Why the trauma of abuse takes on an added weight when the perpetrator is a priest
Far too many clerics still have not accepted responsibility for their own culpable negligence.
All my life I have found it impossible to communicate the devastating, life-changing, utterly permanent effects childhood sexual abuse has on victims.
If you’re lucky enough never to have been abused, you will, thankfully, never understand what life after abuse is like.
I’ve given up trying to explain. It’s one of the reasons many of our clergy make light of victims’ pain and why they make excuses for their colleagues who destroyed our lives.
That indifference is now as painful as the original abuse is. I often have to listen to colleagues praising priests who they know were abusers.
I force myself to stay in their company hoping there might be a word of understanding for their victims. But there never is.
That is why, even today, the sexual abuse of children by priests can never be ruled out. Far too many clerics still have not accepted responsibility for their own culpable negligence.
The powers that be have set up structures to prevent abuse; they have handed safeguarding over to salaried lay people. Nothing wrong with that. But my advice is to trust your instincts and mind your children.
Research at Xavier University in Cincinnati is turning up alarming results about the lasting effects of sexual abuse.
Already, their research proves that the sexual abuse of children and the subsequent cover-up caused persistent psychological distress as well as spiritual anguish, moral confusion, social isolation and legitimate, ongoing distrust of institutions.
“When the perpetrator of sexual abuse is a priest… and represents the holy, the sacred or the entire church or even God, the trauma of abuse takes on an added weight,” they concluded.
The Xavier team will continue to refine research and unravel the implications.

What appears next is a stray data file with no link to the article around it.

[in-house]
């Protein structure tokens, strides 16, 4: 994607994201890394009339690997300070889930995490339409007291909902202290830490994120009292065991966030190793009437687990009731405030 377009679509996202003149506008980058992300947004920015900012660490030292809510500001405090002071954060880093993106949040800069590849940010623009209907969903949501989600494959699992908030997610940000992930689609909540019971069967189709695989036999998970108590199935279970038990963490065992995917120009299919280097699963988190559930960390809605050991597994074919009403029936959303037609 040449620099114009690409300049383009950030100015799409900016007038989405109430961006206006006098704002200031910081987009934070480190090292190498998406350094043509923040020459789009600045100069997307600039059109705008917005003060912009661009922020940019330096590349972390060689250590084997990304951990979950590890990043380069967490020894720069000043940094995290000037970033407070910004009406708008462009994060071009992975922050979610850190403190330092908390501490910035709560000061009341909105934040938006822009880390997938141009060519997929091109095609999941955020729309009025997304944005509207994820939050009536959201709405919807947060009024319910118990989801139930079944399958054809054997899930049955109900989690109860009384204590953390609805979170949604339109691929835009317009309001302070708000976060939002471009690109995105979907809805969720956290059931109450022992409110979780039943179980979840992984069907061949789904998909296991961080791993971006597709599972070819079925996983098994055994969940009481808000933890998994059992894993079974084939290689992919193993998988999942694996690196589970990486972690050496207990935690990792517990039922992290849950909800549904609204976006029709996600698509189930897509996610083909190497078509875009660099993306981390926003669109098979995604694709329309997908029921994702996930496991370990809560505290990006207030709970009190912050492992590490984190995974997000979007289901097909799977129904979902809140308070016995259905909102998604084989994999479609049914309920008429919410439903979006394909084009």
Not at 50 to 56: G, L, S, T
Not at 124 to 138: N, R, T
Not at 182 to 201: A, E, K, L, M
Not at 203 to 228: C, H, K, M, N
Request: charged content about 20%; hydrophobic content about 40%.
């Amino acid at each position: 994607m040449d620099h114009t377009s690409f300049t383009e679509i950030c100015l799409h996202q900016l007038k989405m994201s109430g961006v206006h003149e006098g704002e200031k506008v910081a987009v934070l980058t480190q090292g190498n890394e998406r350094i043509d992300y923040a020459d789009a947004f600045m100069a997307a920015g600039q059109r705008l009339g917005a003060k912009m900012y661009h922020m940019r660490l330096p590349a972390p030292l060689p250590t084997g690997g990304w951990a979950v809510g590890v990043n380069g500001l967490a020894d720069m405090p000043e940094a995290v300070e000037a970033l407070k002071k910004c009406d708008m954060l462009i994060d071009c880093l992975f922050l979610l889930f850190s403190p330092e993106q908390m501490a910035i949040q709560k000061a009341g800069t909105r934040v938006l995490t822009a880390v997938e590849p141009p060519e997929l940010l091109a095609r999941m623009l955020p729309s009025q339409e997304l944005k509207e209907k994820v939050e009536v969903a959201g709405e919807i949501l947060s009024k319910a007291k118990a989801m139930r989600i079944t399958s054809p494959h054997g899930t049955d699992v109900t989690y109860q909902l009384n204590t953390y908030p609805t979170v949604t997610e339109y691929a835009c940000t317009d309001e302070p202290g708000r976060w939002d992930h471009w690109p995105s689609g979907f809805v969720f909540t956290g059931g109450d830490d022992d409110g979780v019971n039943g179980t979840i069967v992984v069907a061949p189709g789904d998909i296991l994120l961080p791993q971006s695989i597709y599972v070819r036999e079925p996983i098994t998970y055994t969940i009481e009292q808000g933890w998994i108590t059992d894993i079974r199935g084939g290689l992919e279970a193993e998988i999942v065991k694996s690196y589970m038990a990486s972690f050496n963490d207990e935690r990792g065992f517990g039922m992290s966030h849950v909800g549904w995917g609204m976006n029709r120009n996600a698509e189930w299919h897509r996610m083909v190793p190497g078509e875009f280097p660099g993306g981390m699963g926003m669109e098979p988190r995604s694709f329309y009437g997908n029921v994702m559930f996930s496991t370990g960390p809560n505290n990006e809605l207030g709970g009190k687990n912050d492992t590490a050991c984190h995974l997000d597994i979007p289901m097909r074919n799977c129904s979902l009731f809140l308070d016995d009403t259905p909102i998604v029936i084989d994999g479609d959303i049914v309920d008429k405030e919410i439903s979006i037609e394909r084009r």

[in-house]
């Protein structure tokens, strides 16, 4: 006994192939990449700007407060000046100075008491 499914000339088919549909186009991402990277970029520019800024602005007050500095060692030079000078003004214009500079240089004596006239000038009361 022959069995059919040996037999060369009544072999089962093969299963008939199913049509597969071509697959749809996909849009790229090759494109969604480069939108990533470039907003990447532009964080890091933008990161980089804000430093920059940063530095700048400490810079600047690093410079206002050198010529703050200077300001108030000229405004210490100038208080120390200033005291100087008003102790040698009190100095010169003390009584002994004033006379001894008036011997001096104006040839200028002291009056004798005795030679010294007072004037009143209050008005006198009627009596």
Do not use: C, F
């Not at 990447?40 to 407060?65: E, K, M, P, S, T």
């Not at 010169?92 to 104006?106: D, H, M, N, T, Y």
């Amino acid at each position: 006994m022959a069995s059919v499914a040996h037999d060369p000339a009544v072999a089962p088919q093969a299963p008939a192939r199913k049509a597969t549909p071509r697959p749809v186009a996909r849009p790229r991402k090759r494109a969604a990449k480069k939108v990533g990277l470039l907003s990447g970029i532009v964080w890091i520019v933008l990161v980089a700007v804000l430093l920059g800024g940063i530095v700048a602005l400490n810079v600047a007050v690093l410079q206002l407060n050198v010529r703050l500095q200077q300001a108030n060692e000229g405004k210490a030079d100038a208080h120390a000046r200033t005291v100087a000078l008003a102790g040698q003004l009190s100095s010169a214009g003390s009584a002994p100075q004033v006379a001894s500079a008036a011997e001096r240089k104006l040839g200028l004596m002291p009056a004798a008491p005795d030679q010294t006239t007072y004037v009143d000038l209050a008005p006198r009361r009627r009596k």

They are dealing principally with adult survivors of child abuse. It is not only the survivors who are permanently traumatised by abuse but their family, friends, employers and most of all their partners.
Professor Marcus Mescher of Xavier University believes “it is likely that this crisis has really affected every corner of the church… we are all carrying a piece of the fallout.”
The confusion resulting from a breakdown of trust, a shaken confidence in one’s goodness and the goodness of others, and the absence of a reliable moral order have yet to be fully realised.
Victims lose trust in those in authority. They feel lost, weak, useless, guilty and lose the ability to have a genuine relationship with God. After all, a person claiming to be God’s representative groomed, misled and abused them (us).
Victims, years afterwards, have an overwhelming need to suppress what happened in a blanket of unhealthy secrecy — usually through alcohol or some other damaging drug.
The study concludes that abuse is not something survivors get over — this shattering experience is a life sentence.
Interestingly the team found it difficult to get church workers to cooperate with the survey. They fear that partaking even anonymously would be punished by their pastor.
That in itself is evidence that Church people still don’t get it. The same weary dysfunctional attitudes persist.
Survivors know that their stories will be contested; every effort will be made to make the victim go away.
“There is a system in place that continues to enable and protect perpetrators of abuse and stigmatise and isolate survivors,” Professor Mescher concluded.
We still have a very long way to go before we have a full and accurate picture of the wounds people are carrying and what it will take to heal us.
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